Archives January 2021


Anyone who dreams of their own home, first of all, wants to see the project of an aesthetically attractive home. The easiest way to make your home spacious and sophisticated at the same time is to create a house project with a second light. What is a second light in a home project? Should I provide for it?

The absence of overlapping between floors does not always mean that the project includes a staircase. If in the project the interfloor overlap covers about half of the area of ​​the first floor, this means that the house has a room with a second light.

In all house projects, a room with a second light is illuminated through windows located on the first and second floor levels. The concept of “second light” means the presence of windows of an additional upper tier in the same room. Double-height spaces are distinguished not only by high ceilings. They have much more natural light and air.

Variants of using a double-height room in projects are limited by the function of a common room. Any ceremonial hall plays such a role, for example, a living room, a dining room, a library.

History of second light technology

A double-height space is a long-familiar architectural and planning technique in residential building projects. Its prototype is considered to be an atrium in an antique residential building, and the time of its appearance can be traced back to the period when, during the era of the Roman Empire, they learned to make glazed windows. They were used for glazing the ceiling (and not the walls of the second tier, as in our time) to illuminate the front room from above.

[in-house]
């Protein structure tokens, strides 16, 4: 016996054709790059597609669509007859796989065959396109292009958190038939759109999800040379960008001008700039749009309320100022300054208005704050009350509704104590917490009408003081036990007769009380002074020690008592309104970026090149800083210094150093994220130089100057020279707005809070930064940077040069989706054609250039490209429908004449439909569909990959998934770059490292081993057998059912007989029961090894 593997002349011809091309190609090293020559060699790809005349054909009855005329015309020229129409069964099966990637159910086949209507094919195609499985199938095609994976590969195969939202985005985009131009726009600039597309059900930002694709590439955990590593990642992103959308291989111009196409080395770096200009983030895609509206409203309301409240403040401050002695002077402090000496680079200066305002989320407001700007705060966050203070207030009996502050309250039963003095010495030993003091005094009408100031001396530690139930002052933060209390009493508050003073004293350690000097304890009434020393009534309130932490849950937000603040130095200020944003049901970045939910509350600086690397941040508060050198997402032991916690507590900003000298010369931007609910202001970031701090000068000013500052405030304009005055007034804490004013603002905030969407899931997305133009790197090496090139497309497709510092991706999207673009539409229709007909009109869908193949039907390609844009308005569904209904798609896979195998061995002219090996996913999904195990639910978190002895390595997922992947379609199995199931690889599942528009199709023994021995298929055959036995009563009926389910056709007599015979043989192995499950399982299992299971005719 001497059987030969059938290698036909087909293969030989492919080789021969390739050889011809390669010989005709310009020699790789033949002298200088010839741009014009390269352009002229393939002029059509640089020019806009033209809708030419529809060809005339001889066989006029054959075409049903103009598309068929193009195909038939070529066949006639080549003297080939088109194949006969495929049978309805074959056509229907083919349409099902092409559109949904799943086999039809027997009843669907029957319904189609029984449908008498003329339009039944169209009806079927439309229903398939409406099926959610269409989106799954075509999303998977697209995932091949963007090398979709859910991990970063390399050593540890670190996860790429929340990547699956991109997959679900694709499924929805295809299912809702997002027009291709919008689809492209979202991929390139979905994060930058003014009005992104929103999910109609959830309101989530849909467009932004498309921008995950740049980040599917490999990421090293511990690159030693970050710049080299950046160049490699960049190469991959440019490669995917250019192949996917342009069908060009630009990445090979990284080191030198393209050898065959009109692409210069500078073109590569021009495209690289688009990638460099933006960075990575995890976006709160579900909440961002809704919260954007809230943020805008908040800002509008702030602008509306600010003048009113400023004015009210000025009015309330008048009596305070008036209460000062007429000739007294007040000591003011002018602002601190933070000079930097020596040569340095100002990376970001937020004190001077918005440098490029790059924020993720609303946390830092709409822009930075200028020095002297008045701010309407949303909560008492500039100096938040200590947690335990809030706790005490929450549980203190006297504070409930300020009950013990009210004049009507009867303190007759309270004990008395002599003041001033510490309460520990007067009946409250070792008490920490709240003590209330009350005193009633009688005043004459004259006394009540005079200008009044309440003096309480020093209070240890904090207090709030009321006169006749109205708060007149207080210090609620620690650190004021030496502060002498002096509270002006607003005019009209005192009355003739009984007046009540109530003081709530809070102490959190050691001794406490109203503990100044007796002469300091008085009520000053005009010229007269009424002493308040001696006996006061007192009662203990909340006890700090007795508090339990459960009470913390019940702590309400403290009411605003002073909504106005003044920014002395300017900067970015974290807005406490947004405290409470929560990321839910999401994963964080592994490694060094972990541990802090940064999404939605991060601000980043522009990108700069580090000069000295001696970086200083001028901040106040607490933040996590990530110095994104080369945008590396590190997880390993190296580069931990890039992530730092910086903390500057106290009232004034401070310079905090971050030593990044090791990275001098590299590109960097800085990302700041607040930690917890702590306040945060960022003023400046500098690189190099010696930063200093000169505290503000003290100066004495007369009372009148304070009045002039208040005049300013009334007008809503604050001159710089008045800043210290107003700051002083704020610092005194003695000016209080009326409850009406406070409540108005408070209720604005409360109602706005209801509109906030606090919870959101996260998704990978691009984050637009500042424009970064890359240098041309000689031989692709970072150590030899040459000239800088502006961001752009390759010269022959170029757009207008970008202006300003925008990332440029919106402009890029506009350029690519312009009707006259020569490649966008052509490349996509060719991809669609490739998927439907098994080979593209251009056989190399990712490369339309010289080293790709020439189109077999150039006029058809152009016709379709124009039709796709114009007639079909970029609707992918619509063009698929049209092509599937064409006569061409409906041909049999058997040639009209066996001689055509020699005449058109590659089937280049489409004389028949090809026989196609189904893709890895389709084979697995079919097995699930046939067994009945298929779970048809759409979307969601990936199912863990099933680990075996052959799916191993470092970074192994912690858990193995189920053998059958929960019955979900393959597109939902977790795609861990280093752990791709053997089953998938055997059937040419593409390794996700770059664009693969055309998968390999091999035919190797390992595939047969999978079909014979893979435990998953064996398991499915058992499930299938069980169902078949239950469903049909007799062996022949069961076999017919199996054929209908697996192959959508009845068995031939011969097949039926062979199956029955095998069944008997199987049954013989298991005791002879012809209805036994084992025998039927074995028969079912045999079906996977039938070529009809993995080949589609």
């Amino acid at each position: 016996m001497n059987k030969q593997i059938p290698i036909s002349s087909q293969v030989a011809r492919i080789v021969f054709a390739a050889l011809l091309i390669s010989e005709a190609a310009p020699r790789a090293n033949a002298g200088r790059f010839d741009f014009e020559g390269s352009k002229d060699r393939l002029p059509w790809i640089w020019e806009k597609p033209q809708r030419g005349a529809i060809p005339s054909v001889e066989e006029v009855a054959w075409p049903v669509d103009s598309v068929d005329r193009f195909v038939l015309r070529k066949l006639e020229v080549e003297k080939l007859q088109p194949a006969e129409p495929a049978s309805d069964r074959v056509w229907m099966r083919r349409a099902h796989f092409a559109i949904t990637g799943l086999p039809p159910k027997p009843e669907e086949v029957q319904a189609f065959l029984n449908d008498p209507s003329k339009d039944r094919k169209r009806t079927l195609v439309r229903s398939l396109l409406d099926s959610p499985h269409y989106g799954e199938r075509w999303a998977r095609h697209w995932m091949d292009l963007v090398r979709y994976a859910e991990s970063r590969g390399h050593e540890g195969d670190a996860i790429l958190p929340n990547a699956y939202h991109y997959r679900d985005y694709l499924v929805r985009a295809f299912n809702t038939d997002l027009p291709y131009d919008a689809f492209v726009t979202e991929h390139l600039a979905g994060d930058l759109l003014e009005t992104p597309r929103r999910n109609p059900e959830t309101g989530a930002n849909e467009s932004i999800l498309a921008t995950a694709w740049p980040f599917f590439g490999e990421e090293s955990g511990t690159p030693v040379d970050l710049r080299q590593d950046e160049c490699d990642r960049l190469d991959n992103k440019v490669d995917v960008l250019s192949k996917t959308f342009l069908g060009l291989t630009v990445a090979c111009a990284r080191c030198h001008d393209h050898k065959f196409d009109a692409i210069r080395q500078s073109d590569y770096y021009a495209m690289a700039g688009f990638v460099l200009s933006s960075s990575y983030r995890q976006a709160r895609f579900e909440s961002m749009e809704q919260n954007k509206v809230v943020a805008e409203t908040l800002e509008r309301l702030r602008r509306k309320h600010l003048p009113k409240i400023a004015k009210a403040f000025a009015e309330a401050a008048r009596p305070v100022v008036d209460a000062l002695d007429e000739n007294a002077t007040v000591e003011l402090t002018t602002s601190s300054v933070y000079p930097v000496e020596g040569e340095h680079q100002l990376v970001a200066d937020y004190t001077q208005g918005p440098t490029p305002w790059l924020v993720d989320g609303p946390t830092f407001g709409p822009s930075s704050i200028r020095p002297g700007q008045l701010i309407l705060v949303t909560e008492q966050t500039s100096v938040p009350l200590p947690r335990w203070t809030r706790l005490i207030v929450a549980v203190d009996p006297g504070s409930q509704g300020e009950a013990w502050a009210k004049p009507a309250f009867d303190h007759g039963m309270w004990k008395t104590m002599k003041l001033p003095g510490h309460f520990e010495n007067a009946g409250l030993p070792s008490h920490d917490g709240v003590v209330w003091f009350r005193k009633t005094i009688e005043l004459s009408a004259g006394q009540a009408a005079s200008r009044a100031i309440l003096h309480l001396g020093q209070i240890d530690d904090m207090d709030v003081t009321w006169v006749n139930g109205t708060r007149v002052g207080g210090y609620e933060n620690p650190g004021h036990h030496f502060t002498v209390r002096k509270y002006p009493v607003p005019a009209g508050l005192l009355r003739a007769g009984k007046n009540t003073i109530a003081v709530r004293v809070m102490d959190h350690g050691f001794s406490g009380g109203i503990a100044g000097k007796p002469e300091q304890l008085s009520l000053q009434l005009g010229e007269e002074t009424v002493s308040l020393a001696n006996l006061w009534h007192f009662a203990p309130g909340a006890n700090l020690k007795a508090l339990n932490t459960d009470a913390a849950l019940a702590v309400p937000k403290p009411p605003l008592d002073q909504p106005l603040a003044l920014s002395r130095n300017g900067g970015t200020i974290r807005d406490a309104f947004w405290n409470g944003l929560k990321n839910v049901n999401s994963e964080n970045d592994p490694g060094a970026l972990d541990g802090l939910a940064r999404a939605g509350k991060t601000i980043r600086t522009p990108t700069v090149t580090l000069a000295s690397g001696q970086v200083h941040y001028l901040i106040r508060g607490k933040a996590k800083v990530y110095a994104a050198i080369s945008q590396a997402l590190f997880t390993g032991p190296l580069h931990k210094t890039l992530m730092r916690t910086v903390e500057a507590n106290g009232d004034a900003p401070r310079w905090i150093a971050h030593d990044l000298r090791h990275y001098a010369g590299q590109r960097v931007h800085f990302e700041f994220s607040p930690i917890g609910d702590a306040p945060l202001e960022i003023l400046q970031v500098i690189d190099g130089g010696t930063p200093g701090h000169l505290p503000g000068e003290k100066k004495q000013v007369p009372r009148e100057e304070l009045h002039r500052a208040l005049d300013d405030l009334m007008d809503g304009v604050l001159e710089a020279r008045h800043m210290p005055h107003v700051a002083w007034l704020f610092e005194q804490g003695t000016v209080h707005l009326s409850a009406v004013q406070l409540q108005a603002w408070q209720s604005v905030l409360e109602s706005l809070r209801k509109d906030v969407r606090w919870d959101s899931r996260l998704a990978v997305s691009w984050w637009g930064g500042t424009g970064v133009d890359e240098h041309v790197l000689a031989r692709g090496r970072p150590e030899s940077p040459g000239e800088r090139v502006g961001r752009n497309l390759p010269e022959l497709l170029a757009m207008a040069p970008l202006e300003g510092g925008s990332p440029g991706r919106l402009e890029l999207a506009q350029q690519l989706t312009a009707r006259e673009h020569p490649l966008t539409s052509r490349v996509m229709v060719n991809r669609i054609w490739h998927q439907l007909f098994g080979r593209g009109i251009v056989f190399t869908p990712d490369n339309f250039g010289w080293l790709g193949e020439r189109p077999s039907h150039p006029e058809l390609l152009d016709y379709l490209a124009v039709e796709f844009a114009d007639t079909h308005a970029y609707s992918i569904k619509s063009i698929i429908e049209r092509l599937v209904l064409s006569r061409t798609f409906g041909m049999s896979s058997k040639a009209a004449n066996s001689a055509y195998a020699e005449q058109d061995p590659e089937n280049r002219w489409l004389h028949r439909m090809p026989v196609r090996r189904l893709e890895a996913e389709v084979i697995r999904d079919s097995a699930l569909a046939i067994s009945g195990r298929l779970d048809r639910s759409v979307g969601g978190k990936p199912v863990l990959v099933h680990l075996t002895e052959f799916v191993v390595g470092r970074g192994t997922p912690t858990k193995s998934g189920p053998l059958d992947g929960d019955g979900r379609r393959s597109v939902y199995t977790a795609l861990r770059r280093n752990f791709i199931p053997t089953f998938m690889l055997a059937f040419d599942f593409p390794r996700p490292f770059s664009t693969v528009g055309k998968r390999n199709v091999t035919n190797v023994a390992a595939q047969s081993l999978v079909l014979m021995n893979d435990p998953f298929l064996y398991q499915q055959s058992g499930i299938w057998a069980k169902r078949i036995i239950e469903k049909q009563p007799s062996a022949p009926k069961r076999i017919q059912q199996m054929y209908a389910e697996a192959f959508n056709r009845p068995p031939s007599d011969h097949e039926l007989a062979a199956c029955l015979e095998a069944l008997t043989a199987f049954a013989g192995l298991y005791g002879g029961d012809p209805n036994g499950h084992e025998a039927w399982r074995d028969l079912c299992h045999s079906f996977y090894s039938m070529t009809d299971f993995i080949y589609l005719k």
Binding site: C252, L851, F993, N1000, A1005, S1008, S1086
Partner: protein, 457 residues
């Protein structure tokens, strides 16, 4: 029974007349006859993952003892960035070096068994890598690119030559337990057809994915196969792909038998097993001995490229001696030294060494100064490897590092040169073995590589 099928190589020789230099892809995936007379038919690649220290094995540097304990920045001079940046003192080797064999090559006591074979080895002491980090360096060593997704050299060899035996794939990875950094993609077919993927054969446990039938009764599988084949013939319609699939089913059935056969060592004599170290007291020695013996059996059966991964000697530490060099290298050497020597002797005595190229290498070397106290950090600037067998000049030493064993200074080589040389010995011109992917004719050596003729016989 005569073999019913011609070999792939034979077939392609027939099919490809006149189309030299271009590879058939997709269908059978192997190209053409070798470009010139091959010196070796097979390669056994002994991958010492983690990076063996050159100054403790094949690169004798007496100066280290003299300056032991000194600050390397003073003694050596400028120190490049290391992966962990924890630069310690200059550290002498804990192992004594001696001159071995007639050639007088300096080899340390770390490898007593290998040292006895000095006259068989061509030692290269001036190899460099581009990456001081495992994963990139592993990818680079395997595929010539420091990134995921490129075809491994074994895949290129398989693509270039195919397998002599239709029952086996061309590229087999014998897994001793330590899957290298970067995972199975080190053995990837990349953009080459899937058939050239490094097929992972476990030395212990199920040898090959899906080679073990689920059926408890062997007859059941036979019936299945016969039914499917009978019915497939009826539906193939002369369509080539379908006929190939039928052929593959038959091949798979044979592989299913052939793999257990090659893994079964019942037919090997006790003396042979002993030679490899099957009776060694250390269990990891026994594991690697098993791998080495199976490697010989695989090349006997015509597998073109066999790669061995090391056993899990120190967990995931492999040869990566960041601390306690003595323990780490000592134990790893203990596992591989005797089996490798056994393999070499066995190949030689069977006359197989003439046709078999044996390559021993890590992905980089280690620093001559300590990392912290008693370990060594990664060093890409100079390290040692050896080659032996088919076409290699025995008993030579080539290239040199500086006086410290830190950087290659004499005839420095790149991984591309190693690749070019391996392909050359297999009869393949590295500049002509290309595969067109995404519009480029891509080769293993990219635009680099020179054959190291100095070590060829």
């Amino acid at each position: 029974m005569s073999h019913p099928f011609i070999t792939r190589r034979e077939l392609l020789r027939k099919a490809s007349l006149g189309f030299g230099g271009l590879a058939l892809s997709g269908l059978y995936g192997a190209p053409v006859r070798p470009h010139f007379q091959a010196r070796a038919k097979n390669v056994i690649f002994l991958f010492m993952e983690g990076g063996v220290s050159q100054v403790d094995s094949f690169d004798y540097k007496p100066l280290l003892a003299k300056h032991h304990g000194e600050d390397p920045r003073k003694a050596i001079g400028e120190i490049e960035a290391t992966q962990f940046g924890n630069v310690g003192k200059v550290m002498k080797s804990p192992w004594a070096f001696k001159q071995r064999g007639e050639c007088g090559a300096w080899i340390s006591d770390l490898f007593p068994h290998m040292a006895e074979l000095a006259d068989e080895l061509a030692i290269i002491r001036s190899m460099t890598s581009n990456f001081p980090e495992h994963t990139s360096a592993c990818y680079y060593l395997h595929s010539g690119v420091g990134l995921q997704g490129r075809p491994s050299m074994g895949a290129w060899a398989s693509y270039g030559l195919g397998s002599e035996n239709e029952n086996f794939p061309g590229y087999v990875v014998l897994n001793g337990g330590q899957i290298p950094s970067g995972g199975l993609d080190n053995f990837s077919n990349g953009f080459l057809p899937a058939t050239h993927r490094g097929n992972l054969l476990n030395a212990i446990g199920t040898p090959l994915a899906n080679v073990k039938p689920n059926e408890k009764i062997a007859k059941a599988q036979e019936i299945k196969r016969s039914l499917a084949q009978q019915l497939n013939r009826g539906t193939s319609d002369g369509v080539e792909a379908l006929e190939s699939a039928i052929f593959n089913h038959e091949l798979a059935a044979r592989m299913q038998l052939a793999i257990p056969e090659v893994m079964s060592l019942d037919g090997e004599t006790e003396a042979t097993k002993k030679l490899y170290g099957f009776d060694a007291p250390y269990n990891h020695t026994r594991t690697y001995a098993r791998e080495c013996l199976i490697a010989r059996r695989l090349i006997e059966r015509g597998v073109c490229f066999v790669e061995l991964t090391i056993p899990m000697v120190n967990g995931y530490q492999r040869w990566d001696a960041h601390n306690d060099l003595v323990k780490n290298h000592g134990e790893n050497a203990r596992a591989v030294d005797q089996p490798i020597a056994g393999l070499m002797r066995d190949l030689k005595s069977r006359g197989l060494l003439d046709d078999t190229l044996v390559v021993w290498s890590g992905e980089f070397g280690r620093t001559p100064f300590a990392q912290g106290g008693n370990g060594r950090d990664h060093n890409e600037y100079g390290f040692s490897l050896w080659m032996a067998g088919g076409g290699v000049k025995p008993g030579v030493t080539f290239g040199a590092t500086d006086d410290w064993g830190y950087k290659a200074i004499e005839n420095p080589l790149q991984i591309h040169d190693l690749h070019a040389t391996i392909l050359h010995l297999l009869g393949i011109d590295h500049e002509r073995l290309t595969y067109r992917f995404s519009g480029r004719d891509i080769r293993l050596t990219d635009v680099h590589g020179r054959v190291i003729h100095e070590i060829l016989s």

In the Middle Ages (VI-XII centuries), with the appearance of colored stained-glass windows, not only the second light, but also the third one appeared in the dwellings. The premises became so high that they had a platform at the top for holding knightly tournaments during unfavorable weather conditions. But halls with a lot of natural light were only in the palaces of nobles and aristocrats.

In the era of Gothic architecture (XII-XIV century), the technology of the second light reached its climax. Building technologies now made it possible to erect high floors through the use of columns with buttresses – additional supports. The space between the windows was filled with colored stained-glass windows on religious themes. The architects made natural light colored, and the space became extremely bright and delicate. Only the wealthiest people in the city could afford such housing.

The classical period (XII-XIV century) proved to be the most suitable for the use of the second light. At this time, thanks to the variety of design possibilities, various options for its use began to appear – in a suite, in a space with the use of stairs and mezzanines of the upper tiers, for improved illumination of round halls and rooms. From that moment on, the architecture of the double-height rooms was constantly supplemented and complicated.

Pros and cons of second light


  • High ceilings that everyone who lives in standard apartments wants to have.
  • The lighting system incorporated in the project, which will allow large quantities of sunlight to enter the room. This will be especially appreciated by those who are used to living in an apartment with windows on one side.
  • An opportunity to create a project with interesting architectural forms, original design, attractive artificial lighting.